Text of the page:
Conflict over religious freedom will continue for future generations of Missourians. Many observers feel the U.S. Supreme Court’s Obergefell v. Hodges decision in 2015 that legalized same-sex “marriage,” repeated the mistake it made with Roe v. Wade, which legalized abortion. Rather than let the people sort through the issue, the high court – like a blunt instrument – cutoff public debate, triggering yet another decades-long struggle – this time over religious freedom.
In the last decade or so, voters in 32 states (including Missouri by 72-29 percent in 2004) passed laws declaring that marriage can only be between a man and a woman. Yet most of the federal judiciary ignored the voters’ decisions, legalizing same-sex “marriage” – at the expense of religious freedom. This has had an unhealthy polarizing effect on the citizenry.
The weakening of conventional sexual morality (which some refer to as “The Sexual Revolution”) in the 1960s and continuing over the course of several decades, has made defending traditional marriage more difficult. The demands for tolerance and privacy have damaged time-honored reactions against homosexual coupling. No-fault divorce has wreaked havoc on marriages as well. All are powerful factors contributing to a shift in public sentiment about same-sex “marriage” – and ultimately to religious freedom.
Americans, by nature, want to be fair. Attaining fairness is not always easy as we painfully learned through the Civil Rights era. There is a sense by some that the LGBT community is too often treated unfairly. This has fueled sympathy for their movement.
But for people of faith, sympathy is not synonymous with acceptance if the matter in question violates the tenets of their faith. Christianity teaches that we are to “love God” and “love our neighbor as ourselves.” Christian love is based on the truth of God’s Word and to truly love someone means that you care about them enough to tell them the truth – even if they do not like it. Christians want every person – made in the image of God – to have the dignity and respect they deserve as such.
The marriage debate is inextricably tied to religious freedom. Marriage is not an arbitrary relationship created by the state. Marriage precedes all other civil and human relationships. It, therefore, serves as the cradle of freedom. G.K. Chesterton once said, “The ideal for which it (the family) stands is liberty. It is the only institution that is at once necessary and voluntary. It is the only check on the state that is bound to renew itself as eternally as the state, and more naturally than the state.” Therefore, if the state redefines marriage, it gains greater control over the family and the result is less freedom.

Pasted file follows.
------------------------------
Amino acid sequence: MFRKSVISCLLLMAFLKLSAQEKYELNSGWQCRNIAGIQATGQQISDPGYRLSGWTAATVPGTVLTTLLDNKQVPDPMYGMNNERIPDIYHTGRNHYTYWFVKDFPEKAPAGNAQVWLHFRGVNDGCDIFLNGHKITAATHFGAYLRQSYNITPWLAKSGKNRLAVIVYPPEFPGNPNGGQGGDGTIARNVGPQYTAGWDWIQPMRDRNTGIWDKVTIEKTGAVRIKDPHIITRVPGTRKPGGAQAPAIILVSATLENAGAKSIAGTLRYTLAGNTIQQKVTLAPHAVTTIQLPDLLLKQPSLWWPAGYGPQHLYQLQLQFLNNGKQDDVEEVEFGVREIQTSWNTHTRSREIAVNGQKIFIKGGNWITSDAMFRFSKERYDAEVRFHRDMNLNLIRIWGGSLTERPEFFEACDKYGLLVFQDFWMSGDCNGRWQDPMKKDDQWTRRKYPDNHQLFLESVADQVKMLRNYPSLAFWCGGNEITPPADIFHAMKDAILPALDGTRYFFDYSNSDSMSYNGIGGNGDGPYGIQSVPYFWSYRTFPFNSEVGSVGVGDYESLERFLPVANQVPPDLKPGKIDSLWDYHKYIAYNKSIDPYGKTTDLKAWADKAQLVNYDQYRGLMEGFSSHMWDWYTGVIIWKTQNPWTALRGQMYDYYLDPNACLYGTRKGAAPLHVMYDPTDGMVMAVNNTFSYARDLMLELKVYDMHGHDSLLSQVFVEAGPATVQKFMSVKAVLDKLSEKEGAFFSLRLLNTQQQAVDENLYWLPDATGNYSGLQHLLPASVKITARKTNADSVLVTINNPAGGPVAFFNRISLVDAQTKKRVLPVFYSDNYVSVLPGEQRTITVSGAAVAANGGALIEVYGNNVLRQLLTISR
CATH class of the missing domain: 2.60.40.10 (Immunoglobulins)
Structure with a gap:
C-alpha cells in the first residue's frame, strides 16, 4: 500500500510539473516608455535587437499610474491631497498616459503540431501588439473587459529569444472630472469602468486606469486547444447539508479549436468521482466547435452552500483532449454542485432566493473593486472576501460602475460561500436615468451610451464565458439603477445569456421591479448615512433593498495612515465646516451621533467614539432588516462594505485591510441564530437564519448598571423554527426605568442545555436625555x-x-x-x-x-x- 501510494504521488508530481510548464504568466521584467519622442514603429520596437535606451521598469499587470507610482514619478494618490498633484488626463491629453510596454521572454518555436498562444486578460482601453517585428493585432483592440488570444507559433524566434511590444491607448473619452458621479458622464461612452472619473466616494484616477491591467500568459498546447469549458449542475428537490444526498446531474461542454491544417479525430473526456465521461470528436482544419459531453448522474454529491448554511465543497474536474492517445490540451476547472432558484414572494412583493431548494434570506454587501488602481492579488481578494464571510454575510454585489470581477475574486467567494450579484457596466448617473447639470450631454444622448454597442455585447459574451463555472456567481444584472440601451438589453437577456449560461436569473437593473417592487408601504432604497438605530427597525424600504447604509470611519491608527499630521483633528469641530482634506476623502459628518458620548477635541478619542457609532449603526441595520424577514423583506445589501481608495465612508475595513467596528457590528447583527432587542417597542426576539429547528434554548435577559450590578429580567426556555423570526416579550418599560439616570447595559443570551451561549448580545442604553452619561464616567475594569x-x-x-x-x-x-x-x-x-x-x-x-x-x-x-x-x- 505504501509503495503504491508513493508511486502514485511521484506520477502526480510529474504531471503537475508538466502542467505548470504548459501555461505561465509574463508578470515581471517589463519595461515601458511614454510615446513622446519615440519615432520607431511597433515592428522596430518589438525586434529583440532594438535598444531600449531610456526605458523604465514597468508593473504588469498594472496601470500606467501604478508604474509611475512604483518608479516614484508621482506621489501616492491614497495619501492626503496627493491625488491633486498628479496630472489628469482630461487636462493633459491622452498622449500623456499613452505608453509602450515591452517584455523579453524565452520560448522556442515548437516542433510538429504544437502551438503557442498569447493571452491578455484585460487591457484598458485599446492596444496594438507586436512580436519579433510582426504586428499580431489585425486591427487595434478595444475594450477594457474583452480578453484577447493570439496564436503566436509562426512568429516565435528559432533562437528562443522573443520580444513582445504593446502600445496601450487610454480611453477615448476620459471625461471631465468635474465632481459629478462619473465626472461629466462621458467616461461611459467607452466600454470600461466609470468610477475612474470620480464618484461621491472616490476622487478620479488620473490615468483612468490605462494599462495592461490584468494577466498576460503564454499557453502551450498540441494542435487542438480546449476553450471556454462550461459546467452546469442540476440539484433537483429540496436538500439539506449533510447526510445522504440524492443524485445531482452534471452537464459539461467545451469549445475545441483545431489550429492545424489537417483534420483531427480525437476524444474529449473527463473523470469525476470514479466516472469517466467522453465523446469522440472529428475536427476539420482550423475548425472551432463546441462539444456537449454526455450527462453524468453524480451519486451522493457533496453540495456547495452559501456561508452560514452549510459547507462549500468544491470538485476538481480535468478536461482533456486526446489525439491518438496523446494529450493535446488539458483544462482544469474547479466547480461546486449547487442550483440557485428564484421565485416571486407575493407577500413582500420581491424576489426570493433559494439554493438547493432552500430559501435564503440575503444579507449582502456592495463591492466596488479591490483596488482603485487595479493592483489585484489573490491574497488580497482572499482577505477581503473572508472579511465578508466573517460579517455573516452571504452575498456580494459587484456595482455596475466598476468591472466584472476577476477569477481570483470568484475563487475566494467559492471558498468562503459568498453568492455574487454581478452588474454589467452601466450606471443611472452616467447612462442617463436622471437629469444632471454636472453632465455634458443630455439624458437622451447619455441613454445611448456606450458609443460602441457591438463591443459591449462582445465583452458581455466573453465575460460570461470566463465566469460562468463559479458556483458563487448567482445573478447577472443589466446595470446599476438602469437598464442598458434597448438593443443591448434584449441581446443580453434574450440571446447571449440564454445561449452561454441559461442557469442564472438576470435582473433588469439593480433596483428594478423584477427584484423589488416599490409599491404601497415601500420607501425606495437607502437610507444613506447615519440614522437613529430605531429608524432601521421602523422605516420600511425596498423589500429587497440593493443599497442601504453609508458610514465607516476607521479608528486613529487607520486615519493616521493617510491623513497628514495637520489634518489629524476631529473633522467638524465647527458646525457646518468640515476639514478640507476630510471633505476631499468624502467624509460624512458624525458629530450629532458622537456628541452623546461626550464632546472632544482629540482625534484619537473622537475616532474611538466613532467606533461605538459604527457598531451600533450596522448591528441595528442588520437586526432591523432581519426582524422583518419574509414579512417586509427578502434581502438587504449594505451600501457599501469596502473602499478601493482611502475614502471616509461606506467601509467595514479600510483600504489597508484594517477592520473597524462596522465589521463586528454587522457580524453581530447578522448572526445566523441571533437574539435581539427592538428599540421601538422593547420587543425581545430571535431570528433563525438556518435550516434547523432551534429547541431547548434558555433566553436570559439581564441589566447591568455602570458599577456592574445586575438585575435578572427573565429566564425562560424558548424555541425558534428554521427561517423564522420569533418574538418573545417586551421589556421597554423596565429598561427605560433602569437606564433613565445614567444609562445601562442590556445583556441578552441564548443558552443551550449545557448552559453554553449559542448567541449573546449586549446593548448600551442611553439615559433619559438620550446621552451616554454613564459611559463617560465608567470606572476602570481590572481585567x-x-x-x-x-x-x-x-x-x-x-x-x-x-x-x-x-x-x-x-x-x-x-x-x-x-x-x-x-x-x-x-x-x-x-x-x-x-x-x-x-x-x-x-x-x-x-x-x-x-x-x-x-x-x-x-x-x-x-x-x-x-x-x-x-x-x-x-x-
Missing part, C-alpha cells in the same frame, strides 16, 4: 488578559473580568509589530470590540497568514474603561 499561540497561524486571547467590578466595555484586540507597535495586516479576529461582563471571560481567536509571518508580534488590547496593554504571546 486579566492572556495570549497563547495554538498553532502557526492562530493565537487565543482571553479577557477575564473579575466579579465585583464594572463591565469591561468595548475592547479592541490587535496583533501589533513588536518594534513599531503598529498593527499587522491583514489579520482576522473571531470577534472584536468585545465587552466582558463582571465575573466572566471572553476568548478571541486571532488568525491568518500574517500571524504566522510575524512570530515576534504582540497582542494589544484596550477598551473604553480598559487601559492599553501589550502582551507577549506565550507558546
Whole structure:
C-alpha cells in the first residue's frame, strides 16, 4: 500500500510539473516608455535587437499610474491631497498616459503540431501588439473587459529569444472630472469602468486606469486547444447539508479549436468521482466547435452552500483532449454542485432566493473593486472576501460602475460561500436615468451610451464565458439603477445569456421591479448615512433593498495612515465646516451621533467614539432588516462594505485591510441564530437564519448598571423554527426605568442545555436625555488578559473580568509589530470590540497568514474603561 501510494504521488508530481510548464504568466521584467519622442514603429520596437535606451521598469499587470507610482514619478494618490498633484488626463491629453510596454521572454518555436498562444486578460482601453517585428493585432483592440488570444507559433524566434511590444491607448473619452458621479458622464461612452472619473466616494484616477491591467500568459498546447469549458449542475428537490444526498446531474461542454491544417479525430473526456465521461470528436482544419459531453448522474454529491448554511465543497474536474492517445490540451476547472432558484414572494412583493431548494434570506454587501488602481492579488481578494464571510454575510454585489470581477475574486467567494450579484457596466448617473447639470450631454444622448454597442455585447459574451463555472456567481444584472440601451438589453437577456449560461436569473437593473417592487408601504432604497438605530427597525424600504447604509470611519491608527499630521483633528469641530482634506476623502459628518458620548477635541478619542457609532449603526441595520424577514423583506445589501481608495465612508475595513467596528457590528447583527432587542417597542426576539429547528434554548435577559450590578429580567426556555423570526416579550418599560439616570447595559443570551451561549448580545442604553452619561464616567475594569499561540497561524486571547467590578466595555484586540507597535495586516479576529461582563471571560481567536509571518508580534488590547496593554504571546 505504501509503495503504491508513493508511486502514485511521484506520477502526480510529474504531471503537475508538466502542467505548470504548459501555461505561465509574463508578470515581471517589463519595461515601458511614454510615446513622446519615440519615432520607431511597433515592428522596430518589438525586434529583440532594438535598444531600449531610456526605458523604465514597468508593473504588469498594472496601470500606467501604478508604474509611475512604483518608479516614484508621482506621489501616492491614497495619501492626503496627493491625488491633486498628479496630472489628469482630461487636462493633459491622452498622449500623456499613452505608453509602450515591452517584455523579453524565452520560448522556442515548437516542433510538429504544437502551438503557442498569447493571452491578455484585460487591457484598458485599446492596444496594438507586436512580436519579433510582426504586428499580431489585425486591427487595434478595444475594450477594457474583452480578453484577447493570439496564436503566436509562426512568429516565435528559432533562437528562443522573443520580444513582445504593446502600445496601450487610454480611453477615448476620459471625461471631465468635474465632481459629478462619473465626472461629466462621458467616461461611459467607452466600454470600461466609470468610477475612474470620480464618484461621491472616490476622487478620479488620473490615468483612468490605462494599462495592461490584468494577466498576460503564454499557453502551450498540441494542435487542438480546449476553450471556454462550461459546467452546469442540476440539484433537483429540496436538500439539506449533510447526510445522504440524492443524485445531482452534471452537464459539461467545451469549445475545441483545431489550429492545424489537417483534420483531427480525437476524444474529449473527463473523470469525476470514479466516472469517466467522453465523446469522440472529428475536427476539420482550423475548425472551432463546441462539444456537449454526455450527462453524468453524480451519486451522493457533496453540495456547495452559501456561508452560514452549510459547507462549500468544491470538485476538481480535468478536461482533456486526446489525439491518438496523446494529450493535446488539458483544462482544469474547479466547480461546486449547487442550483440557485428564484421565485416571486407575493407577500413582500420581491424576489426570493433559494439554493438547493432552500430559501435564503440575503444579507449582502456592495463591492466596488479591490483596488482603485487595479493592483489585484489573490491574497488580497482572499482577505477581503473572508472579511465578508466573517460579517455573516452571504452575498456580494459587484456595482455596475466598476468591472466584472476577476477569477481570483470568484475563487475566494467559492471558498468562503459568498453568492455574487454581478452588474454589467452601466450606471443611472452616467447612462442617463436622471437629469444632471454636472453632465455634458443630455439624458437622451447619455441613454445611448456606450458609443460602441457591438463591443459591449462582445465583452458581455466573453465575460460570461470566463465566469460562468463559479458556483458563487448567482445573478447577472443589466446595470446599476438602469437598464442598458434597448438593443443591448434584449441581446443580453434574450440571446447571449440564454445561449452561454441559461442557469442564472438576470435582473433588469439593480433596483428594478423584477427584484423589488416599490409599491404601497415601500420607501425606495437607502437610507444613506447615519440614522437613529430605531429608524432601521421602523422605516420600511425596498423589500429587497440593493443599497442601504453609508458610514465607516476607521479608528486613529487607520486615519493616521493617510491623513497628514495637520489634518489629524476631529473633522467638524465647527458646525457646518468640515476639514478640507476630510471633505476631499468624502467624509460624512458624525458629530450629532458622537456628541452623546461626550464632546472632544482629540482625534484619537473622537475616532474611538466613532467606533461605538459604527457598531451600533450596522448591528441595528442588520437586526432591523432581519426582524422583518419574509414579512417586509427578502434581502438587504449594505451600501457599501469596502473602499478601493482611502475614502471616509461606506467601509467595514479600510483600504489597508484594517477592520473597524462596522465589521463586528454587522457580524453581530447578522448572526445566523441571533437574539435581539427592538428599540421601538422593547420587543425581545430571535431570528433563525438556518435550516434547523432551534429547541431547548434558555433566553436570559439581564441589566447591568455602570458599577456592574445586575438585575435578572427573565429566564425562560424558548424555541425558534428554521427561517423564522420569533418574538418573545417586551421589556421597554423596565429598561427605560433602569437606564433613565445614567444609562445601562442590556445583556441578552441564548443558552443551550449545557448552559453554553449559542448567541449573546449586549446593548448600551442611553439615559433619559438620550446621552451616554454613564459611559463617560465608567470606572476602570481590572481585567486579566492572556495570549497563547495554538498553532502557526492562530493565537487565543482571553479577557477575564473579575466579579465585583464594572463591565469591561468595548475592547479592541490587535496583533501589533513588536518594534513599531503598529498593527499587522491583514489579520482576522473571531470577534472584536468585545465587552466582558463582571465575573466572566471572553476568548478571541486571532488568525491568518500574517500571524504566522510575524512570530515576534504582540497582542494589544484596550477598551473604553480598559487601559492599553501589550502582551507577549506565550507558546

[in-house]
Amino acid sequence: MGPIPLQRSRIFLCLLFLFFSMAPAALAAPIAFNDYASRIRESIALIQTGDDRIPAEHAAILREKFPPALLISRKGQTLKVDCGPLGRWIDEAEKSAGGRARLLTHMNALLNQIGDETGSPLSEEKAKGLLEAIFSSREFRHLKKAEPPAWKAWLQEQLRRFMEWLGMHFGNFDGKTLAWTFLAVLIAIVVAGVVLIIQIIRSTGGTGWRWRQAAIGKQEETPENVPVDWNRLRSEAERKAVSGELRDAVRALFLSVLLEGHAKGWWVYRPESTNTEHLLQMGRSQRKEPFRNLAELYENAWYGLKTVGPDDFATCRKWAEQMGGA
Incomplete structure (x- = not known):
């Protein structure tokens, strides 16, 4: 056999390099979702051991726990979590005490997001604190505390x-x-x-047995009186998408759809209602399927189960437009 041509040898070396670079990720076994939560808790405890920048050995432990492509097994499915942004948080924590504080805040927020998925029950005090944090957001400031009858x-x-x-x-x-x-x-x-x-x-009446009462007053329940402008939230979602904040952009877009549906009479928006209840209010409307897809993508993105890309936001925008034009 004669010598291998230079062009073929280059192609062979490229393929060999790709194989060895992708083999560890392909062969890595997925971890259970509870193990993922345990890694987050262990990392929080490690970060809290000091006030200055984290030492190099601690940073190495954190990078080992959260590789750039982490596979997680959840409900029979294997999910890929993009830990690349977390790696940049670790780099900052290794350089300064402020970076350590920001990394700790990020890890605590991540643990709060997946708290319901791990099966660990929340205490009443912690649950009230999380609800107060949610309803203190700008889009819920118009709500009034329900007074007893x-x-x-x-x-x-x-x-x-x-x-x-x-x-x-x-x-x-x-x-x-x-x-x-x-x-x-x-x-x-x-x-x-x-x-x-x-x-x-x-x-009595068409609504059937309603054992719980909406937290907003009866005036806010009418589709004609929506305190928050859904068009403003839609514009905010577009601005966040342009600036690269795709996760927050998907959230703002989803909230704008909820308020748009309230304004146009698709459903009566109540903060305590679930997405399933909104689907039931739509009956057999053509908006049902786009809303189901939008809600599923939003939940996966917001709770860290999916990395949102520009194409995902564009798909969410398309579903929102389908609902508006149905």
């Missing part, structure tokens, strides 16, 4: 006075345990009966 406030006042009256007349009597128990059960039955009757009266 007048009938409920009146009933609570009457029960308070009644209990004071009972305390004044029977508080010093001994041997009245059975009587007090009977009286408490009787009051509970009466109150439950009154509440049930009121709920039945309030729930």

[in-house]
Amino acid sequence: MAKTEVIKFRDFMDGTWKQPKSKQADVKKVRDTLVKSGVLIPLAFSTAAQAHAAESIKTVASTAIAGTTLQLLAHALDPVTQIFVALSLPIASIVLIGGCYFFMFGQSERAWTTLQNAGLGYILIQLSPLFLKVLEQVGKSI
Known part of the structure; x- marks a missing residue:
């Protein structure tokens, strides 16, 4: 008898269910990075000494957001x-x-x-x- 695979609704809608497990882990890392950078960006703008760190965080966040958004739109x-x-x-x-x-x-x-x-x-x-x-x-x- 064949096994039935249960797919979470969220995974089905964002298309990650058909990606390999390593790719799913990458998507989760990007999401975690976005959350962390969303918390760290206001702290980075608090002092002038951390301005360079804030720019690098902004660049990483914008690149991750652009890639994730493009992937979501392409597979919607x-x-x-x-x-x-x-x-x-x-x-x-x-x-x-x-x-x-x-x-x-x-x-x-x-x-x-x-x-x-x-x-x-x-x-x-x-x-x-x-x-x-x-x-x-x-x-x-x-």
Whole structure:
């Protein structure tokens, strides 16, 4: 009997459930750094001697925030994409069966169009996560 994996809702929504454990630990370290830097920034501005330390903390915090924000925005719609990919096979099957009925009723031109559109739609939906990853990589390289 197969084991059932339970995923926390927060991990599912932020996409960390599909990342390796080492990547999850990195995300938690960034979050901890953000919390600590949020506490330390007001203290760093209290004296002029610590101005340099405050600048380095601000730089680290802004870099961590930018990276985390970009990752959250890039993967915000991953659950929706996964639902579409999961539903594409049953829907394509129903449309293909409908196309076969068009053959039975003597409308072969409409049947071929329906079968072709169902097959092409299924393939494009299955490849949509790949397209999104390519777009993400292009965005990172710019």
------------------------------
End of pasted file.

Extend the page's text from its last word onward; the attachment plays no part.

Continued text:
The tie between marriage and religious freedom has dramatically played out in the Masterpiece Cakeshop v. Colorado Civil Rights Commission case heard by the U.S. Supreme Court earlier this year. A decision in this landmark case is expected in June. The case centers on whether a Christian wedding-cake designer (Masterpiece Cake Shop) can refuse to decorate a cake for a same-sex “marriage” celebration. Those who support the baker, Jack Phillips, say his custom cakes are a form of speech protected by the First Amendment and that his faith does not permit him to endorse same-sex “marriage.”
LGBT supporters say it is discrimination and that he must either bake the cake or face government punishment. Phillips was willing to sell the gay couple a cake, just not a custom-made wedding cake. It should be noted there were other nearby bakers who would have obliged the homosexual couple’s request.
Missouri lawmakers seem to understand the significance of the Masterpiece case, opting not to consider MONA (the Missouri non-discrimination act that would give LGBT people the same protection against discrimination in housing and employment that is provided based on race, religion, gender, age or physical disability) until Masterpiece is decided. A clear-cut win by either side in the Masterpiece case will change the dynamics of the debate.
Neither LGBT advocates, nor the government, have the right to force people of faith to violate their consciences or the tenets of their faith. Only God is Lord of the conscience. It is the government’s duty to protect that right.
LGBT advocates will continue to threaten religious freedom because their ultimate goal is acceptance of their lifestyle. They are flush with cash, media support and, at least for the moment, a sympathetic federal judiciary. But Missouri lawmakers, much more sensitive to constituent views, are not with them in large numbers. Whether or not any of this changes is unpredictable. What seems certain is the conflict over religious freedom will continue.